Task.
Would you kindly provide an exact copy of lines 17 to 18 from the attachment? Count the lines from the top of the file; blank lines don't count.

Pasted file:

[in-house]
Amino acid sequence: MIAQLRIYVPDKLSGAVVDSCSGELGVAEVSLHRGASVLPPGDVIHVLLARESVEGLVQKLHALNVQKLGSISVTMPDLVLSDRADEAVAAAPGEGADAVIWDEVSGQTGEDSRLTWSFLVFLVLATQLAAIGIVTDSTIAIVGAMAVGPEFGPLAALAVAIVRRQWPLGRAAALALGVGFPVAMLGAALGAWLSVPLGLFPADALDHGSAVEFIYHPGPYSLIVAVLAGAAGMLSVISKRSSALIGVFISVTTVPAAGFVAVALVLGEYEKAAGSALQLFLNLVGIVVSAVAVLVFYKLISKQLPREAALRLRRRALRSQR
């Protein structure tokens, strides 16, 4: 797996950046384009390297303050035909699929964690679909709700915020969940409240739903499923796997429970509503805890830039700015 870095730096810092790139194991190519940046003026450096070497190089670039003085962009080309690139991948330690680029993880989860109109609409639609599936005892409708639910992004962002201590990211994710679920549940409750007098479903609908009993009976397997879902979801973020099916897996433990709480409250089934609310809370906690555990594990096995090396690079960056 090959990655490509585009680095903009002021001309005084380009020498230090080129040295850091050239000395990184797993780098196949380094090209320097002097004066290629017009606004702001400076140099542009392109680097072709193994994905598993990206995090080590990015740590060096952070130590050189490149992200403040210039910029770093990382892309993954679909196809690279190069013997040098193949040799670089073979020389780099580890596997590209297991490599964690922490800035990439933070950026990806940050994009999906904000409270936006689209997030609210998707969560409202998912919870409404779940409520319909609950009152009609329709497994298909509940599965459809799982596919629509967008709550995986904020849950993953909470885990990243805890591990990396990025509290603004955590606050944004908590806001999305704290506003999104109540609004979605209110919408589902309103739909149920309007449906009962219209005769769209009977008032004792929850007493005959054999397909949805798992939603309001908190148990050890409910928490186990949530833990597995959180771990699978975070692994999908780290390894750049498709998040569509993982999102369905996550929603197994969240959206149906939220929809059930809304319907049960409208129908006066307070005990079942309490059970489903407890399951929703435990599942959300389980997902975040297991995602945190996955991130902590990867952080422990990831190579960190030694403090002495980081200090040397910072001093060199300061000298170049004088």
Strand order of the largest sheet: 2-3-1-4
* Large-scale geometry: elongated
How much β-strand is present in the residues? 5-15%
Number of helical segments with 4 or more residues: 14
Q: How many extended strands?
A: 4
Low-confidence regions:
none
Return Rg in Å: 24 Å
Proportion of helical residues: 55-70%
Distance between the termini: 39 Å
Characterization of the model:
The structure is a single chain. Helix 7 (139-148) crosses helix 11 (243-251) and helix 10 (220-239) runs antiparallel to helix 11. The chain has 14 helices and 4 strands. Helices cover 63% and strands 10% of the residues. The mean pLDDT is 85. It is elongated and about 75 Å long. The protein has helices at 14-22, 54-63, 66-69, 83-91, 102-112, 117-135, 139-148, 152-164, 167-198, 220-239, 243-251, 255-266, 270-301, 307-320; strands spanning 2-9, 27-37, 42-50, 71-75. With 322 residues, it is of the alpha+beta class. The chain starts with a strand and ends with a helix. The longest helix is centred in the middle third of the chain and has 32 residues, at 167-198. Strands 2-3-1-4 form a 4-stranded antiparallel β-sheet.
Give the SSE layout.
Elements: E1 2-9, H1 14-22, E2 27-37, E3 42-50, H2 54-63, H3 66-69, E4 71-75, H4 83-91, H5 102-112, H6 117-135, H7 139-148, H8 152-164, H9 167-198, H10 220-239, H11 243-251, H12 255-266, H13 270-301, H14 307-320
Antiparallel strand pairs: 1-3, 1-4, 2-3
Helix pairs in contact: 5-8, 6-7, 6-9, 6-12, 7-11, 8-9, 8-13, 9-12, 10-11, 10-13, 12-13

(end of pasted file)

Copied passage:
Give the SSE layout.
Elements: E1 2-9, H1 14-22, E2 27-37, E3 42-50, H2 54-63, H3 66-69, E4 71-75, H4 83-91, H5 102-112, H6 117-135, H7 139-148, H8 152-164, H9 167-198, H10 220-239, H11 243-251, H12 255-266, H13 270-301, H14 307-320